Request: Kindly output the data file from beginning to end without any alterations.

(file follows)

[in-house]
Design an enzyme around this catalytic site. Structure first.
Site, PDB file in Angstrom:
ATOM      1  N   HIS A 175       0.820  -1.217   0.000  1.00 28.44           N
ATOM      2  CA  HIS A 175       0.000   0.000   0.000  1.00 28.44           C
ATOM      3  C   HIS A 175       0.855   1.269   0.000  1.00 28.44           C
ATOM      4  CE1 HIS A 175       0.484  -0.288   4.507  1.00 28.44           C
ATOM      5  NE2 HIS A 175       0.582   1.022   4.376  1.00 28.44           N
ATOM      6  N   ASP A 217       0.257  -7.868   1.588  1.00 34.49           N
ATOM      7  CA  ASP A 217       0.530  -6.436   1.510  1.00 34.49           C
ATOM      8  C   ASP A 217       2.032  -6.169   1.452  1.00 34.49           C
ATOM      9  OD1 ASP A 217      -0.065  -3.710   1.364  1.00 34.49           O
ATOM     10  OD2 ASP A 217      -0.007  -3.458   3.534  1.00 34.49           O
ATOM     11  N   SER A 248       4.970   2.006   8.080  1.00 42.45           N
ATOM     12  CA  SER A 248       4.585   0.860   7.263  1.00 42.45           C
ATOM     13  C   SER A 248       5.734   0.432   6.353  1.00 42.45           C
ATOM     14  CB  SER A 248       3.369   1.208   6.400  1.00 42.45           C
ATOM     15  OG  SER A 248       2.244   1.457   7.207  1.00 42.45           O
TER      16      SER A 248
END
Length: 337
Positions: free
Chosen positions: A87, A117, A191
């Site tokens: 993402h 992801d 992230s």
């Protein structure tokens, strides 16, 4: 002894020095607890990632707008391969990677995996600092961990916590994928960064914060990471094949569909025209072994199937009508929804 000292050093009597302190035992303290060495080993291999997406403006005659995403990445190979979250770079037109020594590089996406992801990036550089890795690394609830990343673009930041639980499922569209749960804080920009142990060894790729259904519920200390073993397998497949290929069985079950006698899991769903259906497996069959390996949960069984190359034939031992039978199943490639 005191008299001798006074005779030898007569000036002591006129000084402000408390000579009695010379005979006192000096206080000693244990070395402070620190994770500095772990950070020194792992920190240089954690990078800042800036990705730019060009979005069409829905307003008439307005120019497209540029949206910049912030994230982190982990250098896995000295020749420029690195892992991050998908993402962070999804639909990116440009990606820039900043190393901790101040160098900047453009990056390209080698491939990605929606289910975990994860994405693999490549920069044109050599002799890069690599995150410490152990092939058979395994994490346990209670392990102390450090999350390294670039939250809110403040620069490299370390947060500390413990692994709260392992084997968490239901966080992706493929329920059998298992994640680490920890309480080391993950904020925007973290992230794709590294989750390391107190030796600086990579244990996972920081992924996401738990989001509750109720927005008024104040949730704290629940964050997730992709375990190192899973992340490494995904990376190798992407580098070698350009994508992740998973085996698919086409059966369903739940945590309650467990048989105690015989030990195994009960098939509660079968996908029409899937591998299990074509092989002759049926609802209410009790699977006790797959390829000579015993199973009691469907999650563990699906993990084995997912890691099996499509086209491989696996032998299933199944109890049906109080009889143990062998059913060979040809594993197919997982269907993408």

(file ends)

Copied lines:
[in-house]
Design an enzyme around this catalytic site. Structure first.
Site, PDB file in Angstrom:
ATOM      1  N   HIS A 175       0.820  -1.217   0.000  1.00 28.44           N
ATOM      2  CA  HIS A 175       0.000   0.000   0.000  1.00 28.44           C
ATOM      3  C   HIS A 175       0.855   1.269   0.000  1.00 28.44           C
ATOM      4  CE1 HIS A 175       0.484  -0.288   4.507  1.00 28.44           C
ATOM      5  NE2 HIS A 175       0.582   1.022   4.376  1.00 28.44           N
ATOM      6  N   ASP A 217       0.257  -7.868   1.588  1.00 34.49           N
ATOM      7  CA  ASP A 217       0.530  -6.436   1.510  1.00 34.49           C
ATOM      8  C   ASP A 217       2.032  -6.169   1.452  1.00 34.49           C
ATOM      9  OD1 ASP A 217      -0.065  -3.710   1.364  1.00 34.49           O
ATOM     10  OD2 ASP A 217      -0.007  -3.458   3.534  1.00 34.49           O
ATOM     11  N   SER A 248       4.970   2.006   8.080  1.00 42.45           N
ATOM     12  CA  SER A 248       4.585   0.860   7.263  1.00 42.45           C
ATOM     13  C   SER A 248       5.734   0.432   6.353  1.00 42.45           C
ATOM     14  CB  SER A 248       3.369   1.208   6.400  1.00 42.45           C
ATOM     15  OG  SER A 248       2.244   1.457   7.207  1.00 42.45           O
TER      16      SER A 248
END
Length: 337
Positions: free
Chosen positions: A87, A117, A191
């Site tokens: 993402h 992801d 992230s």
């Protein structure tokens, strides 16, 4: 002894020095607890990632707008391969990677995996600092961990916590994928960064914060990471094949569909025209072994199937009508929804 000292050093009597302190035992303290060495080993291999997406403006005659995403990445190979979250770079037109020594590089996406992801990036550089890795690394609830990343673009930041639980499922569209749960804080920009142990060894790729259904519920200390073993397998497949290929069985079950006698899991769903259906497996069959390996949960069984190359034939031992039978199943490639 005191008299001798006074005779030898007569000036002591006129000084402000408390000579009695010379005979006192000096206080000693244990070395402070620190994770500095772990950070020194792992920190240089954690990078800042800036990705730019060009979005069409829905307003008439307005120019497209540029949206910049912030994230982190982990250098896995000295020749420029690195892992991050998908993402962070999804639909990116440009990606820039900043190393901790101040160098900047453009990056390209080698491939990605929606289910975990994860994405693999490549920069044109050599002799890069690599995150410490152990092939058979395994994490346990209670392990102390450090999350390294670039939250809110403040620069490299370390947060500390413990692994709260392992084997968490239901966080992706493929329920059998298992994640680490920890309480080391993950904020925007973290992230794709590294989750390391107190030796600086990579244990996972920081992924996401738990989001509750109720927005008024104040949730704290629940964050997730992709375990190192899973992340490494995904990376190798992407580098070698350009994508992740998973085996698919086409059966369903739940945590309650467990048989105690015989030990195994009960098939509660079968996908029409899937591998299990074509092989002759049926609802209410009790699977006790797959390829000579015993199973009691469907999650563990699906993990084995997912890691099996499509086209491989696996032998299933199944109890049906109080009889143990062998059913060979040809594993197919997982269907993408």